I pitched the idea of confidence mattering mainly because I felt that there was a general lack of forward thinking confidence in the sector – after twenty years of performance indicators and central controls the ability to think for ourselves was perhaps lacking. I think this has improved over the last five years but the Government have also played their part by making sure that only those councils, and groups of councils, who really wanted it have been granted the opportunity to sign these deals with the treasury.

I think this is probably right. Just because I believe in the devolution agenda being the right one in the long term does not mean that I support the idea of passing over powers to councils, or regions, that have made no indication that they want them or that they have any idea what to do with them. Yes, this will lead to an unbalanced policy position but I think pragmatism is more important at this stage. However, my hope is that as regions show what they can do with the new powers it gives others the confidence to want more.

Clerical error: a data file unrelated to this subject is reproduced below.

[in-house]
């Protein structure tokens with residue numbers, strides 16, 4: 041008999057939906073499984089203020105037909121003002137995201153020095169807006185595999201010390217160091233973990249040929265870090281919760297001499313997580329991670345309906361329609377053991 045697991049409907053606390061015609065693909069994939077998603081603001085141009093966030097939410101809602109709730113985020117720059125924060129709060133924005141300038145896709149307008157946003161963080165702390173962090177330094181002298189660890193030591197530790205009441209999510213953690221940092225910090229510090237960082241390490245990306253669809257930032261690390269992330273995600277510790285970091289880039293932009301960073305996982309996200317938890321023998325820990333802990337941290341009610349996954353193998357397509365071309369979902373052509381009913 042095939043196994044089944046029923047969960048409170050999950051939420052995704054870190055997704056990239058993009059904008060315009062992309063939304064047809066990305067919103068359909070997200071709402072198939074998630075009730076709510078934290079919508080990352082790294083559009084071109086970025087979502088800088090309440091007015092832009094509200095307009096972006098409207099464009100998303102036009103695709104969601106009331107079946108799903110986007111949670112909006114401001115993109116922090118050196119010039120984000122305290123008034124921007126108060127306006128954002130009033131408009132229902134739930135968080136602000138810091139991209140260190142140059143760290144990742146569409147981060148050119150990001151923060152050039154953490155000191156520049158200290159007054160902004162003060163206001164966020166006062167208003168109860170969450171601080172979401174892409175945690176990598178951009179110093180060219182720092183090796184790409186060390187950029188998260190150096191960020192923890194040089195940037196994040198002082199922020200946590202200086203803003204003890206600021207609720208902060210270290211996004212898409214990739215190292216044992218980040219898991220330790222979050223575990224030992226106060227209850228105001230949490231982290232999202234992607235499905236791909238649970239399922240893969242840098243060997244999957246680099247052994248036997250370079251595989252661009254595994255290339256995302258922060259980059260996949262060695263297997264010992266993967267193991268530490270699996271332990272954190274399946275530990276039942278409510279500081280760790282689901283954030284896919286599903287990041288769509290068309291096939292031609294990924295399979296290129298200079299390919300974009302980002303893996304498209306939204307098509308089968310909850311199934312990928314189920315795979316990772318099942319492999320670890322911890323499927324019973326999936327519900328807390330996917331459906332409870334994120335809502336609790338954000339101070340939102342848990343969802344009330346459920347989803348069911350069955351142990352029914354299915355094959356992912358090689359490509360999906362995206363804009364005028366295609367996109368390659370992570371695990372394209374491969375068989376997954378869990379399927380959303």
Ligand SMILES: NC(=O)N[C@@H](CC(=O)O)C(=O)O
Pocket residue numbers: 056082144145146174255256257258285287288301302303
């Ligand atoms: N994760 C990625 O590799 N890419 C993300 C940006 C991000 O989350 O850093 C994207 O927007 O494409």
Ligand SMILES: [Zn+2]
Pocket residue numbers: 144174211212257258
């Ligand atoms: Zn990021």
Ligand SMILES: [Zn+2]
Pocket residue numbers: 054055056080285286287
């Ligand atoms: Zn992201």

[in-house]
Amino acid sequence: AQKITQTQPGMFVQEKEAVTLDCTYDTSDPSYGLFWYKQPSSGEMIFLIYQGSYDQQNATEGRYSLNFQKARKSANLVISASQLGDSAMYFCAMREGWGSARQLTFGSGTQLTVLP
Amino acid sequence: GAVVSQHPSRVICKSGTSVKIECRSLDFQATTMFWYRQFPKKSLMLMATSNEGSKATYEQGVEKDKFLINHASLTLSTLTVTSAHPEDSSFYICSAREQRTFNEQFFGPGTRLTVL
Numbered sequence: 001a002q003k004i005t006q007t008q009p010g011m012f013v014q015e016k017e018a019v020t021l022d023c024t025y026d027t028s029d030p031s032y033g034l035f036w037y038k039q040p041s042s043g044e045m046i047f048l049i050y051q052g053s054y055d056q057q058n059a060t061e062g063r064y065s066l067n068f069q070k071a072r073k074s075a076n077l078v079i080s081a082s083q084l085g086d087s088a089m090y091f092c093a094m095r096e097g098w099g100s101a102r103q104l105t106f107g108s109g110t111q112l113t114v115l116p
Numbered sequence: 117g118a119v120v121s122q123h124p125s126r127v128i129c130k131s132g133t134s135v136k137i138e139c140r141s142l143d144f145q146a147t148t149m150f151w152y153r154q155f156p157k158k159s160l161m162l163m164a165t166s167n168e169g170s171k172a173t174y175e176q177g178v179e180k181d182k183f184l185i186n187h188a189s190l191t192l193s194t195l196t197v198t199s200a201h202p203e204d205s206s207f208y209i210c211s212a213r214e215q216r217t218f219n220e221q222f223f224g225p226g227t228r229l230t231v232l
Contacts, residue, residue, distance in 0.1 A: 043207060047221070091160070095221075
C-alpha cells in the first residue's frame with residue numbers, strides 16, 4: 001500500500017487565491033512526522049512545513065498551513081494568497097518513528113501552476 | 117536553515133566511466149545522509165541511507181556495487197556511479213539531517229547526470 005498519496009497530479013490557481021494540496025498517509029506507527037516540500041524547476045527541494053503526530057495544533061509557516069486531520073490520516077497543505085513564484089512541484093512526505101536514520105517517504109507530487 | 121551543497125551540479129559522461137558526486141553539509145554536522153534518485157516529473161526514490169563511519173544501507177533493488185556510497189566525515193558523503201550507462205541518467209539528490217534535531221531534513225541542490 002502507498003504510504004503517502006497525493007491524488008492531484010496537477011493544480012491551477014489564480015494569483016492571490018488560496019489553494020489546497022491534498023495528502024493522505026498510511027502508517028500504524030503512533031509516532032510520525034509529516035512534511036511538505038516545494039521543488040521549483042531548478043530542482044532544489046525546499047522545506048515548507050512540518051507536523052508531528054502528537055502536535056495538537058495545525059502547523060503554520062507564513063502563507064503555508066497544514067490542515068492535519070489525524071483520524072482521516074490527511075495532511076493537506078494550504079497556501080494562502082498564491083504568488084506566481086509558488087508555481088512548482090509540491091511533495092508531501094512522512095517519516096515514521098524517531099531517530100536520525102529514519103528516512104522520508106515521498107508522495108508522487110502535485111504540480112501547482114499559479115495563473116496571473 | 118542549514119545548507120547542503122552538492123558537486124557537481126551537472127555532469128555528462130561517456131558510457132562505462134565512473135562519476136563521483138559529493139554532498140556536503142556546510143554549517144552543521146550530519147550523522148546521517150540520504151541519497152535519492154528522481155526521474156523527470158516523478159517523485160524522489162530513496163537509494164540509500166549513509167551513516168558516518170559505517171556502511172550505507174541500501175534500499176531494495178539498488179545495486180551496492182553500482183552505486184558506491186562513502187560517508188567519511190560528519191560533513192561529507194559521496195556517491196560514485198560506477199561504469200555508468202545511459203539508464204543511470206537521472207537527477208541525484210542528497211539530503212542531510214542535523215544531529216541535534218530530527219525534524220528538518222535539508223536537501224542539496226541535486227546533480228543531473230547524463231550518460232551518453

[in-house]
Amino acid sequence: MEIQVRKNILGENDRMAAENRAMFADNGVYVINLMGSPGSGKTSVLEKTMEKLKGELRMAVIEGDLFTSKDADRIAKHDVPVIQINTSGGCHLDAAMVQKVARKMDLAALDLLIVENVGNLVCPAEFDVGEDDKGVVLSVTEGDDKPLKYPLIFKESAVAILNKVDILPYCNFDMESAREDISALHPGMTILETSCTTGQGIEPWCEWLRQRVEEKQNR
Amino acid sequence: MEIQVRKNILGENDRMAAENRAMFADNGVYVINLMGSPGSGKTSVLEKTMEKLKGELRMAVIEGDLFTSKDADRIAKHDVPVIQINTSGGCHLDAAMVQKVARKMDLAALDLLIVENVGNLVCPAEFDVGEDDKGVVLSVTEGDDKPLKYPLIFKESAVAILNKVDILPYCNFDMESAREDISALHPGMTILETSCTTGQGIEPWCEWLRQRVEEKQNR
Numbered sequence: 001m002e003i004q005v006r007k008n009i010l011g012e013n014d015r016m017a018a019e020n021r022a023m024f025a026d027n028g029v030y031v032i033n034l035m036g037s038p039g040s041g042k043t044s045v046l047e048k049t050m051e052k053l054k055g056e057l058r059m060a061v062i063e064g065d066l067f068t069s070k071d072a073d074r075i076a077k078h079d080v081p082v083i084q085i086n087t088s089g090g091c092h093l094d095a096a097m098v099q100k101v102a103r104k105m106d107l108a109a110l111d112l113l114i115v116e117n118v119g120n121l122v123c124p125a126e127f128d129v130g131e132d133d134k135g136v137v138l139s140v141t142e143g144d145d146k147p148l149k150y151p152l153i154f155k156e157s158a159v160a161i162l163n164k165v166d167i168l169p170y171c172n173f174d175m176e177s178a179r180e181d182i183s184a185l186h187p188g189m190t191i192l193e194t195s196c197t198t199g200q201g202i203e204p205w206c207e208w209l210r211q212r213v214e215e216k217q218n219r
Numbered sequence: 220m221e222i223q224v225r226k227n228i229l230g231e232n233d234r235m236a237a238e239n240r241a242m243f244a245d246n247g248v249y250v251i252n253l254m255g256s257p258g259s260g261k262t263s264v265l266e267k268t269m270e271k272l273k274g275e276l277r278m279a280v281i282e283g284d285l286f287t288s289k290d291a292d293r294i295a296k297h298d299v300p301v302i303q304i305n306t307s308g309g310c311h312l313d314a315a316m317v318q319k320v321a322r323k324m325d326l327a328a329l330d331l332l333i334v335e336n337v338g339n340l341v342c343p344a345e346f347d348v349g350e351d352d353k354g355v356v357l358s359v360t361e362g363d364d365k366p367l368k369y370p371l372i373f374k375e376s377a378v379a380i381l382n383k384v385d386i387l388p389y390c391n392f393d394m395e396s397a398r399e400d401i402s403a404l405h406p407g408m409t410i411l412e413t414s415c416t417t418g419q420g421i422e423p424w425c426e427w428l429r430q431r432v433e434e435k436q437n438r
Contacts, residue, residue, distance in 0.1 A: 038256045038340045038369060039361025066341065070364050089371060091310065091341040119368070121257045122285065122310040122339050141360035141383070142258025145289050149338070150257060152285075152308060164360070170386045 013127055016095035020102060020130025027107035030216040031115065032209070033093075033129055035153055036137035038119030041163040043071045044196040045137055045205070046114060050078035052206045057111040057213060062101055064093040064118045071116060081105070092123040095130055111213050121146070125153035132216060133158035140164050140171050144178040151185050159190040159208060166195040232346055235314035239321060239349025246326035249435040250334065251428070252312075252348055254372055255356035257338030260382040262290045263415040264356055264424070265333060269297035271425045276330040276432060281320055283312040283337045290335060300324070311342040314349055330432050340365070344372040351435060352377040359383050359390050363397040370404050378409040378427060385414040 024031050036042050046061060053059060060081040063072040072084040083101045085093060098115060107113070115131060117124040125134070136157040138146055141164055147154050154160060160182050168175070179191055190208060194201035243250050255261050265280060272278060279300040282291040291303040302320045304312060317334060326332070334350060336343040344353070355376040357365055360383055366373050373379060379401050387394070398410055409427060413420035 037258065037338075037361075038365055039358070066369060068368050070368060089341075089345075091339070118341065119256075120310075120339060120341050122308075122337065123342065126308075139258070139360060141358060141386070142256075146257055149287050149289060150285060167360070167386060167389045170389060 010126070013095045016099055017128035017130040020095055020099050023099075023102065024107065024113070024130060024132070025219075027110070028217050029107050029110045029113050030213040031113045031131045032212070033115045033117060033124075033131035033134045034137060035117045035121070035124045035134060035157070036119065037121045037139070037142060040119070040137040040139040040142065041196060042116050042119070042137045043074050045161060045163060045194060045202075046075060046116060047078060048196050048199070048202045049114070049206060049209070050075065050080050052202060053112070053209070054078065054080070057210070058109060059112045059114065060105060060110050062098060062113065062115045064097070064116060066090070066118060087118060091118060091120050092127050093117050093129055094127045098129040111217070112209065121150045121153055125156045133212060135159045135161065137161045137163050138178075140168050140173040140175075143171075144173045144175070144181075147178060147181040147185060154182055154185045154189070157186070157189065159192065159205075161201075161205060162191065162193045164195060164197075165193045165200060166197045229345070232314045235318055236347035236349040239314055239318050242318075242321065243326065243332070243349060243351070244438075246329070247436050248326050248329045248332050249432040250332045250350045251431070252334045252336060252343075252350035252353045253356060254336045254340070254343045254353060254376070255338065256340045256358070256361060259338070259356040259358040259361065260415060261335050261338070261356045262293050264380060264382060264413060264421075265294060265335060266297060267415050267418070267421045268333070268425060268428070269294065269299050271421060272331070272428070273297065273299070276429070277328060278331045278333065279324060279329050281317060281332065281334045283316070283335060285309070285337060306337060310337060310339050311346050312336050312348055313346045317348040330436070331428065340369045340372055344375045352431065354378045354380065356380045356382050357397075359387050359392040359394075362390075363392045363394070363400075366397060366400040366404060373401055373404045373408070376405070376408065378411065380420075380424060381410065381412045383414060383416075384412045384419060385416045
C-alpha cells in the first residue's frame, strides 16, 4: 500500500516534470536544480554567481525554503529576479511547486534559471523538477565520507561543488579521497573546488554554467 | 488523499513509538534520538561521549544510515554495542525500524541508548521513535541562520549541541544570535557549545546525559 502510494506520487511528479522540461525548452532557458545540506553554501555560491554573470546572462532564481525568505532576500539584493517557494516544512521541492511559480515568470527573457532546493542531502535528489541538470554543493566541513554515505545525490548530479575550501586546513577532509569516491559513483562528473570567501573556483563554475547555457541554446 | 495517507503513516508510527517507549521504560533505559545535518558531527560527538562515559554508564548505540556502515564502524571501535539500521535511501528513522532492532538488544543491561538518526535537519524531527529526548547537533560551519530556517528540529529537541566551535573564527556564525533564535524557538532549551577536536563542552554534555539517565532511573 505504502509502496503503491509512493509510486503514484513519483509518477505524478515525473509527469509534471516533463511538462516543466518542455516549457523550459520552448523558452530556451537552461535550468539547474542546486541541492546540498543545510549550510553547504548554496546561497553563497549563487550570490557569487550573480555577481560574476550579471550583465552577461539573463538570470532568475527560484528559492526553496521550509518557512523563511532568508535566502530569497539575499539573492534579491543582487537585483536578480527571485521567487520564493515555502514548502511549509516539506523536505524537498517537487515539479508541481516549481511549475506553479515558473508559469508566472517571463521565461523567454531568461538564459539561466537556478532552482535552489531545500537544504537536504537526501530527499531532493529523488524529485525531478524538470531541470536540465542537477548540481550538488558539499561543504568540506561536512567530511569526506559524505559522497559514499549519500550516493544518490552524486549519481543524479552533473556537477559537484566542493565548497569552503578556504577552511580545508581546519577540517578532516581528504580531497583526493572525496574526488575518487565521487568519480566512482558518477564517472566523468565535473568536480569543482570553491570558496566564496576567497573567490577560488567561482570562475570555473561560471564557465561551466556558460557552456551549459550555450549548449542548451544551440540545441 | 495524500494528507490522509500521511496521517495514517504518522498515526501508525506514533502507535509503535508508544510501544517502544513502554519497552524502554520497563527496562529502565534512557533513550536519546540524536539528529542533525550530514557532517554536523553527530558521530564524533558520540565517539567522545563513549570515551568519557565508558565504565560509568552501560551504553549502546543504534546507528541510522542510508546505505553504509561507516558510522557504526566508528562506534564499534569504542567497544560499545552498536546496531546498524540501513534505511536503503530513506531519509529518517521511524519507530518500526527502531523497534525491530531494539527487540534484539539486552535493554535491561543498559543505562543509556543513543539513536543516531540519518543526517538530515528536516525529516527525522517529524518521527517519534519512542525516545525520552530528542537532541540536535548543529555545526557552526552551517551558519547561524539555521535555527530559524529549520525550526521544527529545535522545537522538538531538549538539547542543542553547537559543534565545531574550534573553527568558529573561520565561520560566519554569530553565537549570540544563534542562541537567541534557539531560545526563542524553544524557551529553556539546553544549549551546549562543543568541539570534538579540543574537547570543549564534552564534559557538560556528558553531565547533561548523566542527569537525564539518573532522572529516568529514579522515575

When I wrote my piece in 2010 I had no idea of the scale of cuts that were to come for the sector. However, in many ways local government’s success in meeting the cuts agenda whilst Whitehall has floundered has one positive; it has shown that local government has a level of competence when it comes to managing budgets that is not matched in the other parts of the public sector. As friend of the blog Jonathan Flowers has commented local government is in a position to say to the Government ‘if you pass us the axe we can make the cuts, as long as we then get to keep the handle’.